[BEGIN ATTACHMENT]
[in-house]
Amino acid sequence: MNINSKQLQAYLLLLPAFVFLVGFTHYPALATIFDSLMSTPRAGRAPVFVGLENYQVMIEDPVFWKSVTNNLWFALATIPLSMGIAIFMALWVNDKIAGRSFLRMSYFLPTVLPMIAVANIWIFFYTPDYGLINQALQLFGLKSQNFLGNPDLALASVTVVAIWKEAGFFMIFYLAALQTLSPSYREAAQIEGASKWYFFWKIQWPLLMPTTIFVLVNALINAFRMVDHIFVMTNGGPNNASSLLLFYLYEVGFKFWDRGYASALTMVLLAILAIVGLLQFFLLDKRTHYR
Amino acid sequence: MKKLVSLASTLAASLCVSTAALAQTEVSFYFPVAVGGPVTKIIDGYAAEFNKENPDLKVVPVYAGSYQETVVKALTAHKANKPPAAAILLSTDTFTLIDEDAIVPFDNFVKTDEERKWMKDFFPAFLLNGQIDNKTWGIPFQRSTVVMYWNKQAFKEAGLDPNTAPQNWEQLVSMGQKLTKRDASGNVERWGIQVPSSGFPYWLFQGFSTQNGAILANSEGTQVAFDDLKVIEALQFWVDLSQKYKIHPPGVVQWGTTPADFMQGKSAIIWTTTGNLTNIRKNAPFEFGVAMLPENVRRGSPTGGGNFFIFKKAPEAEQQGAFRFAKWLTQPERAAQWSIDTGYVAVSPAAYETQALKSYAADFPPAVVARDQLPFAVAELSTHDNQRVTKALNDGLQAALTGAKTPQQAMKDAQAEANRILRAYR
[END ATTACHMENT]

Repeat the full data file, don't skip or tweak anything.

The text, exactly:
[in-house]
Amino acid sequence: MNINSKQLQAYLLLLPAFVFLVGFTHYPALATIFDSLMSTPRAGRAPVFVGLENYQVMIEDPVFWKSVTNNLWFALATIPLSMGIAIFMALWVNDKIAGRSFLRMSYFLPTVLPMIAVANIWIFFYTPDYGLINQALQLFGLKSQNFLGNPDLALASVTVVAIWKEAGFFMIFYLAALQTLSPSYREAAQIEGASKWYFFWKIQWPLLMPTTIFVLVNALINAFRMVDHIFVMTNGGPNNASSLLLFYLYEVGFKFWDRGYASALTMVLLAILAIVGLLQFFLLDKRTHYR
Amino acid sequence: MKKLVSLASTLAASLCVSTAALAQTEVSFYFPVAVGGPVTKIIDGYAAEFNKENPDLKVVPVYAGSYQETVVKALTAHKANKPPAAAILLSTDTFTLIDEDAIVPFDNFVKTDEERKWMKDFFPAFLLNGQIDNKTWGIPFQRSTVVMYWNKQAFKEAGLDPNTAPQNWEQLVSMGQKLTKRDASGNVERWGIQVPSSGFPYWLFQGFSTQNGAILANSEGTQVAFDDLKVIEALQFWVDLSQKYKIHPPGVVQWGTTPADFMQGKSAIIWTTTGNLTNIRKNAPFEFGVAMLPENVRRGSPTGGGNFFIFKKAPEAEQQGAFRFAKWLTQPERAAQWSIDTGYVAVSPAAYETQALKSYAADFPPAVVARDQLPFAVAELSTHDNQRVTKALNDGLQAALTGAKTPQQAMKDAQAEANRILRAYR